Spent the day in the PI4HAL shack with Karel PC3W and Harm PD2GG. Tried to get to work the newly obtained FT-1000 with HRdLuxe using the received CAT cable. Didn't succeed. The FT-1000 wasn't in de RIG list of HRdLuxe. There were the FT-1000D and the FT-1000MD MkV, but both models couldn't be used. There was a connection but the frequency on the HRdLuxe radio screen kept jumping up and down the bands and the FT-1000 locked and couldn't be tuned anymore. Sent out a support ticket to HRdLuxe. We'll see.

Weekend 25 & 26 November 2017. Joined the CQ WW DX contest during the weekend. A few hours spread over the two days. Worked all the bands. Conditions were fair. And it was a zoo. Nice. I have made my 5600th QSO  since May 2011.

This contest where you give the RST number and the CQ zone number has a psychological advantage over contests that require a serial number. No one can see how many QSO one has already made, where as when a serial number is given the # QSO's is obvious. This has often prevented me from joining in hours later than the beginning of the contest as then already serial numbers up into the hundreds are given, where I start with 001, which is kind of embarrassing. Most of my working life I have had so called competitive jobs e.g. sales, consultancy with billable hours and alike. So I guess competitiveness sneaked into my radio hobby.

Logs received from all participants:

On Sunday morning, 26 November 2017 I joined the MARAC sched on 3,555 kHz CW. PI4MRC was leading the sched. There were four other participants, one from Germany.

Yaesu FT-1000 in the PI4HAL shack

Thursday 23 November. Worked the PI4HAL shack together with Karel PC3W. The shack is now the proud owner of a FT-1000 transceiver. In comparison with the IC-765 we both felt it to be an improvement. We worked Surinam and Bonaire in the 15 meter band. The FT-1000 still needs to be provided with a CAT interface to HRdLuxe, but we were told this is going to happen next week.

Tuesday 21 November 2017. Had a few 160 and 80 meter band QSO's CW to Sweden and Ireland. And a 60 meter band USB QSO. Heard J5T (Guinee Bissau) in the 20 meter band, but the pile up was immense.

Tuesday 14 November 2017. Made some nice CW QSO's in the 160, 80, 60 and 40 meter bands. Conditions seemed favourable.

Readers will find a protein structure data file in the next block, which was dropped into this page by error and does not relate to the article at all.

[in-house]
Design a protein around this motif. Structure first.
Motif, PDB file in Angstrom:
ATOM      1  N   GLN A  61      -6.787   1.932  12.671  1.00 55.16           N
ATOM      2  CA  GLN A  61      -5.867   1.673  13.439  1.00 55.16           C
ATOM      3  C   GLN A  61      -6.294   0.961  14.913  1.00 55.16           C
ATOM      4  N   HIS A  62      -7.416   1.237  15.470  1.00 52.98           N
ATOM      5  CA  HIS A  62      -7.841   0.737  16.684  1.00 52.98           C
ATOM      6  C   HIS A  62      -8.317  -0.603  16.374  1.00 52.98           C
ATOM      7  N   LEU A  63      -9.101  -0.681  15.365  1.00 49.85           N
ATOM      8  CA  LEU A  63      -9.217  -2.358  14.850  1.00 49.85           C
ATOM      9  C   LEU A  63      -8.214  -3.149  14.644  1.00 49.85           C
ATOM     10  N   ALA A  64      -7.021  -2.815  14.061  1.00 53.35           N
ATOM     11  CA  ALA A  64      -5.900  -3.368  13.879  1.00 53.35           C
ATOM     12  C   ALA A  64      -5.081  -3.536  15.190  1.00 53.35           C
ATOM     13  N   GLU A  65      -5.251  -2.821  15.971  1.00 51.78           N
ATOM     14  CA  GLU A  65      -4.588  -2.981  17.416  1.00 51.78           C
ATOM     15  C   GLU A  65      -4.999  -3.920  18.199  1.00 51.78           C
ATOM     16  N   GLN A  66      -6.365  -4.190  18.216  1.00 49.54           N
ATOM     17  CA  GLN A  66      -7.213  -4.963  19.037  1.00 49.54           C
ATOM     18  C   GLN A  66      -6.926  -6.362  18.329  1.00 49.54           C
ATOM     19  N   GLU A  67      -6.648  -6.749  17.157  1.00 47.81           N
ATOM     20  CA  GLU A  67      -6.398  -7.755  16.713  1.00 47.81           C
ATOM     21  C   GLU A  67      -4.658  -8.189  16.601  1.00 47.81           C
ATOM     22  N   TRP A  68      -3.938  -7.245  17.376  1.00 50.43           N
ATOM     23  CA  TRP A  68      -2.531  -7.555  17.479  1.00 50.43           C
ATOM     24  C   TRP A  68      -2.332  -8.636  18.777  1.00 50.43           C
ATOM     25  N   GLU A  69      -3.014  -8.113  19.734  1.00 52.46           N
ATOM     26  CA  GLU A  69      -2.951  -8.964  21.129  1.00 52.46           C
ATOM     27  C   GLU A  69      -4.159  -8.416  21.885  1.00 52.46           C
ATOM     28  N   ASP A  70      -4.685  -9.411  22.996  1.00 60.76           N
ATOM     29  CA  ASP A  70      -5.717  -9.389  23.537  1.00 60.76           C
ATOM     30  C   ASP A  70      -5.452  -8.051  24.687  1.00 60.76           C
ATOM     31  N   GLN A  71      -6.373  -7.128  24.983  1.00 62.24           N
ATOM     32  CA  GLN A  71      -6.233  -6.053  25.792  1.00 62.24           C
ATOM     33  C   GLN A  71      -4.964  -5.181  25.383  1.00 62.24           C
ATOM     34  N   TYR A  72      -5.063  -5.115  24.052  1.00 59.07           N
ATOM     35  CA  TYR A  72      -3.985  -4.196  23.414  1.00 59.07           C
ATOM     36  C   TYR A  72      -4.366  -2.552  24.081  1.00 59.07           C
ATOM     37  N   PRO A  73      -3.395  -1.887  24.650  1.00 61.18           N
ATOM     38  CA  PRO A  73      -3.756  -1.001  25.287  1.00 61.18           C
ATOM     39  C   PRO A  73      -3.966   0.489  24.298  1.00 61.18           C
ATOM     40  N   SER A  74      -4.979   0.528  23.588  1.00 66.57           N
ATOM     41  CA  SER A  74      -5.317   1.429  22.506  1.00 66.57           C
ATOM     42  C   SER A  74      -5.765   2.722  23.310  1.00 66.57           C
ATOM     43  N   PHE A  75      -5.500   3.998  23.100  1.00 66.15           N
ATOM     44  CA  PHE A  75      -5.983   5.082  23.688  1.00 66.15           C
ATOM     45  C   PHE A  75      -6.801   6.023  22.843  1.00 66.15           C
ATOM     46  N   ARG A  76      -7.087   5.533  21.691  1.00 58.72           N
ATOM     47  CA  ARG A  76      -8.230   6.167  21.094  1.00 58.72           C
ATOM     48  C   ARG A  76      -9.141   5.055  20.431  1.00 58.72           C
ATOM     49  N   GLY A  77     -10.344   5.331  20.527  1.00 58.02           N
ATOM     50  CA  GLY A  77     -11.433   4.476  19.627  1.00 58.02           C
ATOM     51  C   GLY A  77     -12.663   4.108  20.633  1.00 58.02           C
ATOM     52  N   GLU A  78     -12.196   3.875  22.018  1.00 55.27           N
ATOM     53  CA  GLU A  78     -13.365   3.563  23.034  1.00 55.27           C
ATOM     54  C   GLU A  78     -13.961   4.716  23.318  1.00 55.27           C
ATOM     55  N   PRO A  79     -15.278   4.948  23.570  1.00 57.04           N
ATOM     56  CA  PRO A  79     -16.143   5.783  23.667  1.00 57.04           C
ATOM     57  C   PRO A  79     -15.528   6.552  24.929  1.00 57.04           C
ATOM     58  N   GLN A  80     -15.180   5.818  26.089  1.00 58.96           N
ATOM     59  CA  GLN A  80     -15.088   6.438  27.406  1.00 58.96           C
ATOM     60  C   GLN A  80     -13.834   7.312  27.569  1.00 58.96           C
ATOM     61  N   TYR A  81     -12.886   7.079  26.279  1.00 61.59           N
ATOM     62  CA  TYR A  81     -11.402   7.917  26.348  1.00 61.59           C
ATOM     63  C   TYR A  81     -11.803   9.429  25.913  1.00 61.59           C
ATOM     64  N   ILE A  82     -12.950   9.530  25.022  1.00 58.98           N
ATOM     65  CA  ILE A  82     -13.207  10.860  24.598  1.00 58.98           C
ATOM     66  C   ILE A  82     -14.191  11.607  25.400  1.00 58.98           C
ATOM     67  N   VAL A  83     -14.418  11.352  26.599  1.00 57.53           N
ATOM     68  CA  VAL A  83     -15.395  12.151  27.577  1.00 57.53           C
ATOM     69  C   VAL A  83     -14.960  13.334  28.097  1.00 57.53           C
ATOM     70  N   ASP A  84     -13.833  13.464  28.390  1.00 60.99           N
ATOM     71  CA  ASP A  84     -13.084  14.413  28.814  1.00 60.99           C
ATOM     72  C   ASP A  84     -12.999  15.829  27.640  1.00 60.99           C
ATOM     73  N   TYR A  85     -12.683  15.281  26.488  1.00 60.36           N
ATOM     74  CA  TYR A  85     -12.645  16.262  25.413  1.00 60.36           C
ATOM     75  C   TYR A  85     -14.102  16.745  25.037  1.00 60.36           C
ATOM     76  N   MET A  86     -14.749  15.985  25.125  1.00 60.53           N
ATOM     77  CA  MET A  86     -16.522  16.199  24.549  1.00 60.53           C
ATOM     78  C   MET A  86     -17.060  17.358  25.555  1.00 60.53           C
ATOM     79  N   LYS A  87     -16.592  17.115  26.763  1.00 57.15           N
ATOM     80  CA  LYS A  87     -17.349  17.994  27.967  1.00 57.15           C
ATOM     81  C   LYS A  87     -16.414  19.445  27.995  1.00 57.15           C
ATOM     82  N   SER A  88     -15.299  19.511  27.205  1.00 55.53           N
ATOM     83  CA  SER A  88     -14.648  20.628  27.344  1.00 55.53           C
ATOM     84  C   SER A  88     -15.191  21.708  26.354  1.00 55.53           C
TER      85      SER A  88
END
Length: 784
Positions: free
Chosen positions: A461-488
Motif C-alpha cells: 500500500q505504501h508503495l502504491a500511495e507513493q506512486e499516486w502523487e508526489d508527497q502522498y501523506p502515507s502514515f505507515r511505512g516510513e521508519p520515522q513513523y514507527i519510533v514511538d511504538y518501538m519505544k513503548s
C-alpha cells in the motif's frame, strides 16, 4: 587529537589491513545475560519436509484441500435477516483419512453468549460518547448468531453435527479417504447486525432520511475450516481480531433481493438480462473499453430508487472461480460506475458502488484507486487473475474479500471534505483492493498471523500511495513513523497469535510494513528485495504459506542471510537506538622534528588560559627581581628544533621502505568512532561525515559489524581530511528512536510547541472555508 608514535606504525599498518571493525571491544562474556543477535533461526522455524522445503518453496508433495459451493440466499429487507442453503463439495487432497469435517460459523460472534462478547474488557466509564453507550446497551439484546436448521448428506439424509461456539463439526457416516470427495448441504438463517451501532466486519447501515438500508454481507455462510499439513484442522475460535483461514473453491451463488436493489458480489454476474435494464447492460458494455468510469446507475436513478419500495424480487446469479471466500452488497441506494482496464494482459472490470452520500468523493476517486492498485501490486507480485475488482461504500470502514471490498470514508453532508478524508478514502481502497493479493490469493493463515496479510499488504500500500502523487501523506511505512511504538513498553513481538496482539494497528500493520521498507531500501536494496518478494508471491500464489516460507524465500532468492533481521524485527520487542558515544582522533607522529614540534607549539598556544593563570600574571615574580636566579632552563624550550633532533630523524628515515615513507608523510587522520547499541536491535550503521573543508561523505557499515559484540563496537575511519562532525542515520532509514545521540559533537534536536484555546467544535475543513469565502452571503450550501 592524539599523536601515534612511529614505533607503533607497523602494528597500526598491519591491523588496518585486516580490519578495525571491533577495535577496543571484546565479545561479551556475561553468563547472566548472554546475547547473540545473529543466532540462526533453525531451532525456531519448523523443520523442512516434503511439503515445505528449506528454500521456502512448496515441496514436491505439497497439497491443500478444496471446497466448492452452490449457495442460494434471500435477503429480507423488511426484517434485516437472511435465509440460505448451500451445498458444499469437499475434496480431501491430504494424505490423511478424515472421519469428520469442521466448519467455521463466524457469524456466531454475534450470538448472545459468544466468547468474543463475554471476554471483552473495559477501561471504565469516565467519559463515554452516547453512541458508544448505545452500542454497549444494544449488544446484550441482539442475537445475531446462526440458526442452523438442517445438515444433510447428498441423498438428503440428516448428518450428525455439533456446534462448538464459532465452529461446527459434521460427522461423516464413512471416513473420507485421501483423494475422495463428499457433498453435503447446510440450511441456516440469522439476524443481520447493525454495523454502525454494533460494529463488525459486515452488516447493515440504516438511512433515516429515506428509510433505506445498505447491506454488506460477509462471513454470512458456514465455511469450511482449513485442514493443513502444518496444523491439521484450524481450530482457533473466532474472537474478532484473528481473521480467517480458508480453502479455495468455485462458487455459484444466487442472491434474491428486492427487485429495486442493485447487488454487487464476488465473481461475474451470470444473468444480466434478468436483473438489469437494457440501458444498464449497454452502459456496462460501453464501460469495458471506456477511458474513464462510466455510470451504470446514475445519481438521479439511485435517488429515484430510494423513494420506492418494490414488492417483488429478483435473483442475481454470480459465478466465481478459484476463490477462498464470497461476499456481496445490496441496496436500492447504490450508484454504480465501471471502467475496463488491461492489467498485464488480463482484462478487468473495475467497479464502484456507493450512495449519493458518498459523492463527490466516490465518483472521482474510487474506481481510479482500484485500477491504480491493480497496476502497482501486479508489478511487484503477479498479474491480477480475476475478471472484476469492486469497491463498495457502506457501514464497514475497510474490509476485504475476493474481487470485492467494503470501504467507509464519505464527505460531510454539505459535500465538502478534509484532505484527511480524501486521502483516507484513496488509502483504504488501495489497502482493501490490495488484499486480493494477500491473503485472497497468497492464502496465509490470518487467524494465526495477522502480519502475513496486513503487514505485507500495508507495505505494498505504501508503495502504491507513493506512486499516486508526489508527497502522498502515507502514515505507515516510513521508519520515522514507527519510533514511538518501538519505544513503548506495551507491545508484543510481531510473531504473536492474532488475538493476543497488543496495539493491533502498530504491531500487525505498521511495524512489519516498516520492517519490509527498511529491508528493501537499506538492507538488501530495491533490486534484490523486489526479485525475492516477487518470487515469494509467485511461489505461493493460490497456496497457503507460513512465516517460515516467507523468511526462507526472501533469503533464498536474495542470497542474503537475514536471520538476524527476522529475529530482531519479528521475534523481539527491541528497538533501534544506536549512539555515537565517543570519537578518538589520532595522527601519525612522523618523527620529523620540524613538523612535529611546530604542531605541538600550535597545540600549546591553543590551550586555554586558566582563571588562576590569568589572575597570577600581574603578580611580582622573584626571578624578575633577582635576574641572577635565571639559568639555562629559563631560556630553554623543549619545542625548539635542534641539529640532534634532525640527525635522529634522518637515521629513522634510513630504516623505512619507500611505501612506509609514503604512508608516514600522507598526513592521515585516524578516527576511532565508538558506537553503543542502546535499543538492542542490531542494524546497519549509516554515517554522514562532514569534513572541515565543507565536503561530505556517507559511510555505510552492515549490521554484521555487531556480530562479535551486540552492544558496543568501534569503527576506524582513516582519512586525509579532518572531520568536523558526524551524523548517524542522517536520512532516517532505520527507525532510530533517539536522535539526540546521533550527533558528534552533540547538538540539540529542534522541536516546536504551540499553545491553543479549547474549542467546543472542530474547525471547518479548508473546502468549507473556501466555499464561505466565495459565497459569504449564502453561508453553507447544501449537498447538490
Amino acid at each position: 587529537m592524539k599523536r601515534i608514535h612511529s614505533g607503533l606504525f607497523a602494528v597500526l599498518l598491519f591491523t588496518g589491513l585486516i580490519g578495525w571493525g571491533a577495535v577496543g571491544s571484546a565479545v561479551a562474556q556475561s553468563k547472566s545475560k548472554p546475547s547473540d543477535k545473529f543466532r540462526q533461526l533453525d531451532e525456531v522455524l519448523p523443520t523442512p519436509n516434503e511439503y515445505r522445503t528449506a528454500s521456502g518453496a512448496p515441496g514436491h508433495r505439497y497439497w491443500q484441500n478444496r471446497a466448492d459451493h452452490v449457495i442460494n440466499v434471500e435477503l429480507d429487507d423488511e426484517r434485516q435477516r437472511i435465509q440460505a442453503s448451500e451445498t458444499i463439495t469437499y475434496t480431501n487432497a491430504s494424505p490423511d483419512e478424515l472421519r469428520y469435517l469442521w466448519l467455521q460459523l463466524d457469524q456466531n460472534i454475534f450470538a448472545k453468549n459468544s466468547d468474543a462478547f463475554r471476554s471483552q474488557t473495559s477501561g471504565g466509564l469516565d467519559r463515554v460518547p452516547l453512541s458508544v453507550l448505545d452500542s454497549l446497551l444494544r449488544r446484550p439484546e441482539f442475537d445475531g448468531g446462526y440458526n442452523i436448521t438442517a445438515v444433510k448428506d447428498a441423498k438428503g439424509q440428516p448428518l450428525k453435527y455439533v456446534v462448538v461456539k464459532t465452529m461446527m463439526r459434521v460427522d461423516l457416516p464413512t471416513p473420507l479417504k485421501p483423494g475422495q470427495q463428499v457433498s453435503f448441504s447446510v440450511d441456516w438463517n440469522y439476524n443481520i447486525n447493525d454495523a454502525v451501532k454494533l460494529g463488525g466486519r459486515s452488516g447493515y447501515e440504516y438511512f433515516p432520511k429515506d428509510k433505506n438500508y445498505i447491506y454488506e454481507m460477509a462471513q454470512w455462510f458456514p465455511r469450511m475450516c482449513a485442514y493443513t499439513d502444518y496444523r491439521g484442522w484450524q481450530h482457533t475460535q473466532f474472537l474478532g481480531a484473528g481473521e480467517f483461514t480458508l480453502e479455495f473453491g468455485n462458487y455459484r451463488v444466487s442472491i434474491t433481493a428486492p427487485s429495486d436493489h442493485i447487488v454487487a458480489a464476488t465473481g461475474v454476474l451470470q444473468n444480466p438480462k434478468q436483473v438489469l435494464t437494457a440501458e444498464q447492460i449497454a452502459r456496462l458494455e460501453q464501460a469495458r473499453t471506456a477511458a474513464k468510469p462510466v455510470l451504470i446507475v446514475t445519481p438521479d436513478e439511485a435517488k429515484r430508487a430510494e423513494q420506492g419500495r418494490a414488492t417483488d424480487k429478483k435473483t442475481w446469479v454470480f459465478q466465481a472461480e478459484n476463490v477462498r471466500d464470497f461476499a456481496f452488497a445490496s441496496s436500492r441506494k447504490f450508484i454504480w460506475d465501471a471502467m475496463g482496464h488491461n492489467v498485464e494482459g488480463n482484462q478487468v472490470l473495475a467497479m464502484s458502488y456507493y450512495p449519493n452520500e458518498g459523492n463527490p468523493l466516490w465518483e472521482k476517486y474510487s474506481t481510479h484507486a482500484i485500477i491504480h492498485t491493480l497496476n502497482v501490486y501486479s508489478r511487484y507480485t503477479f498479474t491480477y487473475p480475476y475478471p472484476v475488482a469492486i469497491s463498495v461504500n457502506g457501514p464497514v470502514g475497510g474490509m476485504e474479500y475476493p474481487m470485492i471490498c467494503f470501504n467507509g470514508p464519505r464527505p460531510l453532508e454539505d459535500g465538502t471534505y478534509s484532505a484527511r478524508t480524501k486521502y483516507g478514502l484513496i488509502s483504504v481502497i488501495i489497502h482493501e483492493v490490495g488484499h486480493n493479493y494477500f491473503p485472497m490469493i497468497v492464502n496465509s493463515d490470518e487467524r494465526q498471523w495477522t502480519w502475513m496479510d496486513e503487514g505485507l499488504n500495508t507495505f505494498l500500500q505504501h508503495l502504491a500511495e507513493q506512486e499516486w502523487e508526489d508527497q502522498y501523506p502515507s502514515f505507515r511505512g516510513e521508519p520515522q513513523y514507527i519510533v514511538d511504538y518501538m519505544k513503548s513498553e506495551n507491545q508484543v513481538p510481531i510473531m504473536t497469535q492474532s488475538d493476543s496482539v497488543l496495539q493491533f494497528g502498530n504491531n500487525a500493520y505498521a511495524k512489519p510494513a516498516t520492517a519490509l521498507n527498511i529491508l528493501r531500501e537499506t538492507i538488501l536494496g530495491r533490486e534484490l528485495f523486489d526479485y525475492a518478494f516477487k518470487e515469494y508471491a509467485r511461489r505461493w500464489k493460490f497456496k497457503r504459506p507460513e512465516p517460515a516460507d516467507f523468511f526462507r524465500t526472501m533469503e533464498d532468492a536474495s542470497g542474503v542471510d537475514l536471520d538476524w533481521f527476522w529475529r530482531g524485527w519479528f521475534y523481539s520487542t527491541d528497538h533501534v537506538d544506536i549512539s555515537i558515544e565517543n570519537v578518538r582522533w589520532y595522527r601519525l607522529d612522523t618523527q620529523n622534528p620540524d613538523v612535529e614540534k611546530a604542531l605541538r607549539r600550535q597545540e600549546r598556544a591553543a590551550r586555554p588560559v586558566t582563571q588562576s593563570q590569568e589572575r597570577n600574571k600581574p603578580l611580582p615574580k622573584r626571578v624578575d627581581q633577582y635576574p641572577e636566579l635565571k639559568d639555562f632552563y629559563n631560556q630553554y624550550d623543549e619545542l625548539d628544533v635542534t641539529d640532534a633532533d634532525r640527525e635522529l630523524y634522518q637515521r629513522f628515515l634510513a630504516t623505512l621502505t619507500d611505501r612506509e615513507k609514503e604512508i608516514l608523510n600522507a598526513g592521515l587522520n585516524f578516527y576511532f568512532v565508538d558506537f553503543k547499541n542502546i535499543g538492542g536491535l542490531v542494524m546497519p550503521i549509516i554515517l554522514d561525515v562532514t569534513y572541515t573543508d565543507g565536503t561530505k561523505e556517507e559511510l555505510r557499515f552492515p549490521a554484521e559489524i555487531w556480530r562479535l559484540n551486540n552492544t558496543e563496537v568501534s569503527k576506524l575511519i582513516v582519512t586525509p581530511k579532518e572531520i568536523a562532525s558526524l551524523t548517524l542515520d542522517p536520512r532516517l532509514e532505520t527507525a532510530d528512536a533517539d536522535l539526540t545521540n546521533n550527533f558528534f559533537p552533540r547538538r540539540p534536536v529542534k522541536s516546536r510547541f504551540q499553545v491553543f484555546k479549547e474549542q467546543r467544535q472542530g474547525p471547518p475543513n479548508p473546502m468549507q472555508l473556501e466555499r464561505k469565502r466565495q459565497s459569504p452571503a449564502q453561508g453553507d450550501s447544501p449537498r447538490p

Saturday 11 November 2017. I worked 4U1ITU (ITU HQ in Geneva) in the 40 meter band and added one up in the number entities worked. Apparently 4U1ITU is a separate entity. Nice.

And I modified my TNC-X for Winlink usage. The three LED's that need to go thru the little holes in the front panel had been cut too short when I assembled the unit, resulting in the LED's being hidden behind the front panel. So I finally bought myself three new LED's to replace the others. Then there is the cumbersome task to remove the old components, trying to remove the solder tin to get open holes for the new LED's to be put in. If I only had a solder tin sucker. Well in the end it all worked out fine and the TNC-X is lighting up like a Christmas tree.

Friday 10 November 2017. Worked my FT-7 with 10 Watt in the 20 meter band with YU1INO. Was given 569 and he wasn't any better J
Just wanted to see if the 'old lady' was still working. The frequency isn't very stable I am afraid.

Saturday 4 and Sunday 5 November 2017. Joined the Ukrainian CW contest. Made quite a few QSO's in the 20 and 15 meter bands. Very busy, but good conditions. Here you can see the list of participants who uploaded their logs (updated every evening).

Wednesday 1 November 2017. Another day on the ss Rotterdam, but this time in the shack PI4HAL, together with Piet PE0TPD and Wim PA3CUJ. Hadn't seen them for a while so we spent the morning talking. Had a few QSO's with the Skanti transceiver, but nothing spectacular.

Tuesday 31 October 2017. Today and yesterday I labelled yet another 400 QSL cards to be presented to the QSL bureau. So I have now labelled QSL cards to all parties whom I had QSO with in 2017 (until now).

The beauty of printing the labels from HRdLuxe is the advantage of getting them printed in the right prefix order and multiple QSO's with one station are printed on one label.

Today I heard Japan and Kuwait in the 20 meter band. Hadn't heard Japan for a long time.

Real-time position Space Station

Real time tracker

I have applied for a registration at NASA to get an e-mail when ISS passes over my own QTH with a workable angle. I have already received a few e-mails telling me the ISS will be passing, but it was mostly at night. There will - no doubt - be next passes within a more 'acceptable' timeframe.